Impact of Rising Insulin Costs

The National Institute of Medicine highlights that due to escalating insulin prices, one in four people under 65 are rationing their insulin. Known as “liquid gold” in the diabetes community, the cost of insulin causes significant stress, affecting their well-being month after month. As a Certified Peer Counselor, I’ve heard from many who can’t afford their insulin, risking severe health issues like Diabetic Ketoacidosis because of U.S. pricing. Stress management is critical, especially in April, which is Stress Awareness Month. We aim to highlight ways to help reduce stress when managing diabetes feels overwhelming.

The Importance of Reducing Stress

Stress triggers the release of hormones like adrenaline and cortisol, which increase breathing and heart rate. Prolonged stress keeps these levels high, leading to potential long-term health issues such as high blood pressure and inflammation. Engaging in advocacy, like the #insulin4all campaigns, can also provide a sense of belonging and purpose, which may reduce stress.

Daily Strategies to Alleviate Stress

Incorporating physical activity into your daily routine is highly beneficial for managing stress. Exercise helps regulate the nervous system and releases endorphins, promoting calmness and focus. Whether it’s yoga, weightlifting, or a simple walk with your dog, physical activity helps you stay present and reduces future worries. If possible, exercising in nature can enhance these benefits even further.

Simple Mindfulness Exercises

For those unable to take time out for nature walks, a quick mindfulness exercise can be effective. Using noise-canceling headphones, spend five minutes focusing on your breath—inhale for five seconds, hold, and exhale for five seconds. This simple practice can help calm and stabilize your mood during stressful times.

Regular Meditation and Relaxing Hobbies

Committing to regular meditation or yoga can profoundly impact stress levels by lowering cortisol. Engaging in low-impact hobbies like reading, gardening, cooking, or knitting can also calm the nervous system. If you find that doing activities by yourself is not doing much to improve your stress, it might be time to talk to someone. You can start by talking with a friend or family member. This gives you the added benefit of checking in with that close person to see how they’re doing as well. Often people who seem the most pulled together are actually struggling the hardest so it can be nice to have someone check in for no reason, especially if they are looking for an outlet to talk about the grief or sadness that we can’t find words for. Hearing that others are struggling can help if we’re dealing with feelings of isolation or loneliness. Talking to a friend can also provide you with someone who can take you on outings when you feel too stressed to plan days of self-care.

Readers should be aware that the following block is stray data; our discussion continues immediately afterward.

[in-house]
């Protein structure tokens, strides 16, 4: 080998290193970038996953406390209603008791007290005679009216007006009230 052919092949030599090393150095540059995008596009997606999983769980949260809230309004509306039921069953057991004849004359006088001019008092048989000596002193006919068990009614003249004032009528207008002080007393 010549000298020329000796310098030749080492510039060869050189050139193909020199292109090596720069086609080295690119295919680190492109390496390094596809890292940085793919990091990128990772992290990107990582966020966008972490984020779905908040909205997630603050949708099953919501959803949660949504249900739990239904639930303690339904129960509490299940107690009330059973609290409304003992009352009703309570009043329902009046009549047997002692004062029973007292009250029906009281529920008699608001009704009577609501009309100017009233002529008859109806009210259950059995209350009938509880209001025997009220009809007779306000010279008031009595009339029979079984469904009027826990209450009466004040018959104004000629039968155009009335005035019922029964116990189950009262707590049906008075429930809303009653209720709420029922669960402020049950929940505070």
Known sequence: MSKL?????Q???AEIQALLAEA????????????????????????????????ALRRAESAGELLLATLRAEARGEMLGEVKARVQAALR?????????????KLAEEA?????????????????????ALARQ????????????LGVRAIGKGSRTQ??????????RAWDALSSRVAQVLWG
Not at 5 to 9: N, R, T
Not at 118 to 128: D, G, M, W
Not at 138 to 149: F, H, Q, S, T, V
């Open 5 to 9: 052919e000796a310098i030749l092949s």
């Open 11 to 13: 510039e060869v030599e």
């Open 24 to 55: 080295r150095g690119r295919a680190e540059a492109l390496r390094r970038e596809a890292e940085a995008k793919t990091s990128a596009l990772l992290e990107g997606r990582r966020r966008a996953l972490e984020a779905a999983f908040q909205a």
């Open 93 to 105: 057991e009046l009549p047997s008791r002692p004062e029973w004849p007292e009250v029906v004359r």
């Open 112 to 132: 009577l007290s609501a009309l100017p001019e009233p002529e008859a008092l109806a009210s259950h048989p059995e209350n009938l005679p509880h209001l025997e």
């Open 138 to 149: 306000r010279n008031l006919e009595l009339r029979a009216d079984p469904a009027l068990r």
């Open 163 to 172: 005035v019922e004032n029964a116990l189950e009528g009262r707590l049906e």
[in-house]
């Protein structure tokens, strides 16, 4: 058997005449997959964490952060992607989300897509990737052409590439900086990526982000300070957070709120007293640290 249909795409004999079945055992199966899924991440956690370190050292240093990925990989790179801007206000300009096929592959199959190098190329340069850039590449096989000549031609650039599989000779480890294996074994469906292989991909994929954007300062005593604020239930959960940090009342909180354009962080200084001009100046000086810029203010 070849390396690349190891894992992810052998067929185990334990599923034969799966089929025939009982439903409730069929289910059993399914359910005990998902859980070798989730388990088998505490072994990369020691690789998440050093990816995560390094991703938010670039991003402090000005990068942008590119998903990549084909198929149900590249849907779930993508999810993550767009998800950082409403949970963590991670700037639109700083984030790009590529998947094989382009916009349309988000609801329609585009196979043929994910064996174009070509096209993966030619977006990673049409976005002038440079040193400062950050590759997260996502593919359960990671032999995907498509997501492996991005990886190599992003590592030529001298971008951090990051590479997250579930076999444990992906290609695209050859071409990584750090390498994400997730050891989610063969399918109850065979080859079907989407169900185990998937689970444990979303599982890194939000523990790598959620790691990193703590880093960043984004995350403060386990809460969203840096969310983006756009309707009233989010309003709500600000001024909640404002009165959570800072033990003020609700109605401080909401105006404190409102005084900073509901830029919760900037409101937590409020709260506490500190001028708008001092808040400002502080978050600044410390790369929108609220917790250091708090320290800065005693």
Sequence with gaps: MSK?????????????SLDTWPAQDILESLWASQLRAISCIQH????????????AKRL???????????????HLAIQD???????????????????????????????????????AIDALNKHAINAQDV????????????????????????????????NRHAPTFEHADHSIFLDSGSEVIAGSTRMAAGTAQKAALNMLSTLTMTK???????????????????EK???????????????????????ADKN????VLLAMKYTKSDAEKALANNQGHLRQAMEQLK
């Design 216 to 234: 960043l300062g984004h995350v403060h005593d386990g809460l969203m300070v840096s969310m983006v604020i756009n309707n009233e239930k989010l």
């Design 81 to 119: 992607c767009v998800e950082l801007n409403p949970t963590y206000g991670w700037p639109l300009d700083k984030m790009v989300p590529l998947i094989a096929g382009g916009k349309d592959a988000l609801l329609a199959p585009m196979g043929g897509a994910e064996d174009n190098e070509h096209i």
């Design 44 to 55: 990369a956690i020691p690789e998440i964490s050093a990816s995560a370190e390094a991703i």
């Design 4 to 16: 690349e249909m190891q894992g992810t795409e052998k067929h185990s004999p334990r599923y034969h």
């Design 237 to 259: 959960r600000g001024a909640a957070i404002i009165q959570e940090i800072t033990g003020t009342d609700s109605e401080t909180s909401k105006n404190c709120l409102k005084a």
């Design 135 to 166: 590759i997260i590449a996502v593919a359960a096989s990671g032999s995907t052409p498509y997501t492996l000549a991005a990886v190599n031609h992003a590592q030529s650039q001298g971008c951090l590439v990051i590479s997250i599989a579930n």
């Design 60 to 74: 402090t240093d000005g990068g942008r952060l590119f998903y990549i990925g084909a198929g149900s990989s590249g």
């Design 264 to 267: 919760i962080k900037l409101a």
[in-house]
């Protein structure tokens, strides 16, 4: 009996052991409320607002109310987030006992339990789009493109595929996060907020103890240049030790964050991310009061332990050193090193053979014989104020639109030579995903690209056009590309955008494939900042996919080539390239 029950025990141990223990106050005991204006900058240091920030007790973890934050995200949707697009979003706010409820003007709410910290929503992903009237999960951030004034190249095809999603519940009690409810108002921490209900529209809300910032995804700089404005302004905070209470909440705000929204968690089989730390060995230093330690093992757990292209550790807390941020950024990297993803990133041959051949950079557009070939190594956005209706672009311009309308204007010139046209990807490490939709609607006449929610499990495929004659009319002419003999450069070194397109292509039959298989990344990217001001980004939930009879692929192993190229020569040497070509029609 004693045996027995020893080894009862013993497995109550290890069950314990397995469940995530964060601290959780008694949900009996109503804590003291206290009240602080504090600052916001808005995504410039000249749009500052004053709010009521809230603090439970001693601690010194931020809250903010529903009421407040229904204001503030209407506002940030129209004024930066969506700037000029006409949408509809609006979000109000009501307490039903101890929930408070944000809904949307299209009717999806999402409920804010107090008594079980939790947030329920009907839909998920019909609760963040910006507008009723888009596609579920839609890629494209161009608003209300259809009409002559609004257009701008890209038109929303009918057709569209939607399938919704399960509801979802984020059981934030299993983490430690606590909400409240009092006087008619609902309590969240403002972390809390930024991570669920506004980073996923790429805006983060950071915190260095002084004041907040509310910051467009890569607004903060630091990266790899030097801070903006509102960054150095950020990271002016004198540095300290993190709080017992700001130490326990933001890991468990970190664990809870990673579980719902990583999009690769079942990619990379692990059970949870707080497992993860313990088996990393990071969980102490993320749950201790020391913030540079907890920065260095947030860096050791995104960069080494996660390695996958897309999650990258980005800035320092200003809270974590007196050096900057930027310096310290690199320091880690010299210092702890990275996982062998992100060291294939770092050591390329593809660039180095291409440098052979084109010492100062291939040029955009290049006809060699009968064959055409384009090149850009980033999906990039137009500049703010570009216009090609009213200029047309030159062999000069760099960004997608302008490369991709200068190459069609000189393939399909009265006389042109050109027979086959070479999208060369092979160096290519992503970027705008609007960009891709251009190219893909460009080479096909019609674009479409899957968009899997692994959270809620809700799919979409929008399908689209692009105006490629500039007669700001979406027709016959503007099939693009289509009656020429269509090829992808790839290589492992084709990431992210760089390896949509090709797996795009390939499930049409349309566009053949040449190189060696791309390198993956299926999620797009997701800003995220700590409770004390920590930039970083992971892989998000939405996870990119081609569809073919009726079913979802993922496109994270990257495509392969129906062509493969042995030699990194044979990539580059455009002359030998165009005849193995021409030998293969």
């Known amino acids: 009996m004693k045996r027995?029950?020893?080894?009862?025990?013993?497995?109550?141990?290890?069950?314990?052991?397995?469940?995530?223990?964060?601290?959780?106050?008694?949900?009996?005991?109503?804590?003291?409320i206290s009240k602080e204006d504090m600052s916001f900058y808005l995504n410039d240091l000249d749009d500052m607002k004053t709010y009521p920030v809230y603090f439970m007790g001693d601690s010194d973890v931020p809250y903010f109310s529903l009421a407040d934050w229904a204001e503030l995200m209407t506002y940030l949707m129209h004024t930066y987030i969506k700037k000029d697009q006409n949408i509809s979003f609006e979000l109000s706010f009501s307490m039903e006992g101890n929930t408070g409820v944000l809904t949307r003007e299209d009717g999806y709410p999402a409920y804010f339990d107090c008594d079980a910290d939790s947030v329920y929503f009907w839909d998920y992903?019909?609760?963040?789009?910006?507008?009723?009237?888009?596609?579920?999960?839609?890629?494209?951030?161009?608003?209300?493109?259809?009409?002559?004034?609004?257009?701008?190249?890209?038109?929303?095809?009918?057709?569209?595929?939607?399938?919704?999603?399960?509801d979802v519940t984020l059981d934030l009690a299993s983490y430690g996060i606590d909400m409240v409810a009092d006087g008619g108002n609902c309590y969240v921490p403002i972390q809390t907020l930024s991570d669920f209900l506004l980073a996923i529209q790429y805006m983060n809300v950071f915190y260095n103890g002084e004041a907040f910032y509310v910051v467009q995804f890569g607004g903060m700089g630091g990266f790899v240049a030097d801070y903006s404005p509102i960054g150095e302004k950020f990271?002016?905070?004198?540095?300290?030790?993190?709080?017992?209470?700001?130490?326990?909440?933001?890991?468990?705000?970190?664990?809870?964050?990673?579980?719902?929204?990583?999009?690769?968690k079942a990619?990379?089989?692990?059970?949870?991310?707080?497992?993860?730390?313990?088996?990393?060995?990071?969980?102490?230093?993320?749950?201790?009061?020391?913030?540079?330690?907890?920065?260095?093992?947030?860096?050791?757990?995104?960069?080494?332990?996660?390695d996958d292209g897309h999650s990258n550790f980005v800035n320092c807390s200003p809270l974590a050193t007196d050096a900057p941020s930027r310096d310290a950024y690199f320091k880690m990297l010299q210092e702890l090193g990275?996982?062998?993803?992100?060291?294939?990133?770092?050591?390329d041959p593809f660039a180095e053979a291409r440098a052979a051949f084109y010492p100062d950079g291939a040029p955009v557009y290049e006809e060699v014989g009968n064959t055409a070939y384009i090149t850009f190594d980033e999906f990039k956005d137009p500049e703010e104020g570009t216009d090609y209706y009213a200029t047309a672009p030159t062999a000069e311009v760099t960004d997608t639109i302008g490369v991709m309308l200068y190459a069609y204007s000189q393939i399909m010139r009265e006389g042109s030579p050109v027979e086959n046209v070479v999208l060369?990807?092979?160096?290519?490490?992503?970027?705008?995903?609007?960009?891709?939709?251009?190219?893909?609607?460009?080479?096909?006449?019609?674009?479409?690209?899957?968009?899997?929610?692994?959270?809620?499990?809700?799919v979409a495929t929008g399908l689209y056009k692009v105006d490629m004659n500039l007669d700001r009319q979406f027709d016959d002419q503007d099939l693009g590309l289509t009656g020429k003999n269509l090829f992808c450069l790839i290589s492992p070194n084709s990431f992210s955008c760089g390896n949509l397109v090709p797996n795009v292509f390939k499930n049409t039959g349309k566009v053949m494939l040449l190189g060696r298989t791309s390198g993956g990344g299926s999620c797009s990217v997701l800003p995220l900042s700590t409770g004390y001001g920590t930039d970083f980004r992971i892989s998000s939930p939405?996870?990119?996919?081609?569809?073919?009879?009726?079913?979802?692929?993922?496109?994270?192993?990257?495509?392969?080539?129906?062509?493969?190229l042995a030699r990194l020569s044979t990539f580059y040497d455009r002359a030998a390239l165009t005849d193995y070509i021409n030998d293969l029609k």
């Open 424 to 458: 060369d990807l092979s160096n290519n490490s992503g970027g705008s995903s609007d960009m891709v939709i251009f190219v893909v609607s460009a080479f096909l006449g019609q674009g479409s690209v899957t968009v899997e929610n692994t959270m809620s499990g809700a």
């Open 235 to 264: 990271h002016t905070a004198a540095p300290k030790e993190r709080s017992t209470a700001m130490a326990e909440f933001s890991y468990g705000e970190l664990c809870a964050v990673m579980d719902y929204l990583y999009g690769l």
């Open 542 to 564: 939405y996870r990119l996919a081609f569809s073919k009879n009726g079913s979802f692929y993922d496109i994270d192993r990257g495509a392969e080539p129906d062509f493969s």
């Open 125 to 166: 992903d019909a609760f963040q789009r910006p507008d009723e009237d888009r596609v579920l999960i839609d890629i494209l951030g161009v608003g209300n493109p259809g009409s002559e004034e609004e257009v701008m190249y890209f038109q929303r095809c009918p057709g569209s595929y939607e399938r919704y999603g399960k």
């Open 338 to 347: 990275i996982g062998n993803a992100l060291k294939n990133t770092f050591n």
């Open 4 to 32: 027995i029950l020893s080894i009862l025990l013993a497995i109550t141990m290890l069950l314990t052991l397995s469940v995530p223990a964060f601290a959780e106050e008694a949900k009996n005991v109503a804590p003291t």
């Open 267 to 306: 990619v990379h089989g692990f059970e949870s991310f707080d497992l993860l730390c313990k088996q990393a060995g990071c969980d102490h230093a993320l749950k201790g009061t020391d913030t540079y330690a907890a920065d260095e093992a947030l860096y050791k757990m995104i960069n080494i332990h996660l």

Managing Screen Time and Daily Tasks

 Studies show that we spend a large amount of time on screens which can negatively impact our mental health. While some of that time is necessary for school or work, the National Institute of Health recommends limiting recreational screen time to two hours. Often times when we have a lot in front of us that needs to be done, our daily tasks seem endless. Studies show that making a list, then crossing things off when you finish, helps you feel more organized and gives you a sense of accomplishment when you finish each task. Make a to-do list and enjoy the satisfaction you’ll feel as you cross off each item. 

Easing the Burden of Medical Management

For me, obtaining all my meds and diabetes supplies used to be a huge stress point in my life. As someone with diabetes, epilepsy, gastroparesis and CKD, I have a lot of meds to keep track of and pick up. Finding a service that is affordable and can deliver meds on time helps remove that piece of stress. It especially hurts my heart every month when I’m reminded I’m funding the very companies that are holding the lives of me and my fellow people with diabetes hostage. For now, one of the best ways I can avoid the stress associated with picking up my meds is by doing it through a company like Canadian Insulin, where I can feel good about supporting. If all else fails, spending time with an animal or volunteering at an animal shelter is a great way to boost serotonin levels and decrease stress hormones. Nothing is quite as calming as a kiss from a four-legged friend 


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This guest post is by Erin M. Akers, founder of Diabulimia Helpline. Erin is a dedicated Certified Peer Counselor who has been working for mental health within the diabetes community for 15 years. Erin empowers individuals to navigate a journey towards a life full of hope. You can connect with her on Instagram via @t1doubleampersand.